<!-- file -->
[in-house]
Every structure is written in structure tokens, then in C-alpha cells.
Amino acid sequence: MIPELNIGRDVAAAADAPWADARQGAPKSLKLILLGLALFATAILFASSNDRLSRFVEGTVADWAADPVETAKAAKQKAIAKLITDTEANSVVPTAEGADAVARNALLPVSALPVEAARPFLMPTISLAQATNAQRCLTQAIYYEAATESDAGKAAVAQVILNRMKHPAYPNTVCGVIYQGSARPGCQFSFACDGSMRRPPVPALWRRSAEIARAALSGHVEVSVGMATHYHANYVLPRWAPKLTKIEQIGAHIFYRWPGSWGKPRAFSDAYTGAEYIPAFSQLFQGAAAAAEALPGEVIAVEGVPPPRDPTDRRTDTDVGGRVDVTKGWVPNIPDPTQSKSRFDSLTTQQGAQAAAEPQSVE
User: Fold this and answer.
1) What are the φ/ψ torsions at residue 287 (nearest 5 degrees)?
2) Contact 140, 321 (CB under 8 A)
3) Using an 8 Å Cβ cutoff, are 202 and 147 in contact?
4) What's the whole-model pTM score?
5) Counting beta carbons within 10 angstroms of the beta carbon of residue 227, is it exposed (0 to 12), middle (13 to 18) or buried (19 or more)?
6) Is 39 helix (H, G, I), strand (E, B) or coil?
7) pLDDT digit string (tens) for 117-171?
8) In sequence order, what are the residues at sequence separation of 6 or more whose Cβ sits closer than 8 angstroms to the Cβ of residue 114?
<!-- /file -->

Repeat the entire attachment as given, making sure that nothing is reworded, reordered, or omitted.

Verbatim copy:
[in-house]
Every structure is written in structure tokens, then in C-alpha cells.
Amino acid sequence: MIPELNIGRDVAAAADAPWADARQGAPKSLKLILLGLALFATAILFASSNDRLSRFVEGTVADWAADPVETAKAAKQKAIAKLITDTEANSVVPTAEGADAVARNALLPVSALPVEAARPFLMPTISLAQATNAQRCLTQAIYYEAATESDAGKAAVAQVILNRMKHPAYPNTVCGVIYQGSARPGCQFSFACDGSMRRPPVPALWRRSAEIARAALSGHVEVSVGMATHYHANYVLPRWAPKLTKIEQIGAHIFYRWPGSWGKPRAFSDAYTGAEYIPAFSQLFQGAAAAAEALPGEVIAVEGVPPPRDPTDRRTDTDVGGRVDVTKGWVPNIPDPTQSKSRFDSLTTQQGAQAAAEPQSVE
User: Fold this and answer.
1) What are the φ/ψ torsions at residue 287 (nearest 5 degrees)?
2) Contact 140, 321 (CB under 8 A)
3) Using an 8 Å Cβ cutoff, are 202 and 147 in contact?
4) What's the whole-model pTM score?
5) Counting beta carbons within 10 angstroms of the beta carbon of residue 227, is it exposed (0 to 12), middle (13 to 18) or buried (19 or more)?
6) Is 39 helix (H, G, I), strand (E, B) or coil?
7) pLDDT digit string (tens) for 117-171?
8) In sequence order, what are the residues at sequence separation of 6 or more whose Cβ sits closer than 8 angstroms to the Cβ of residue 114?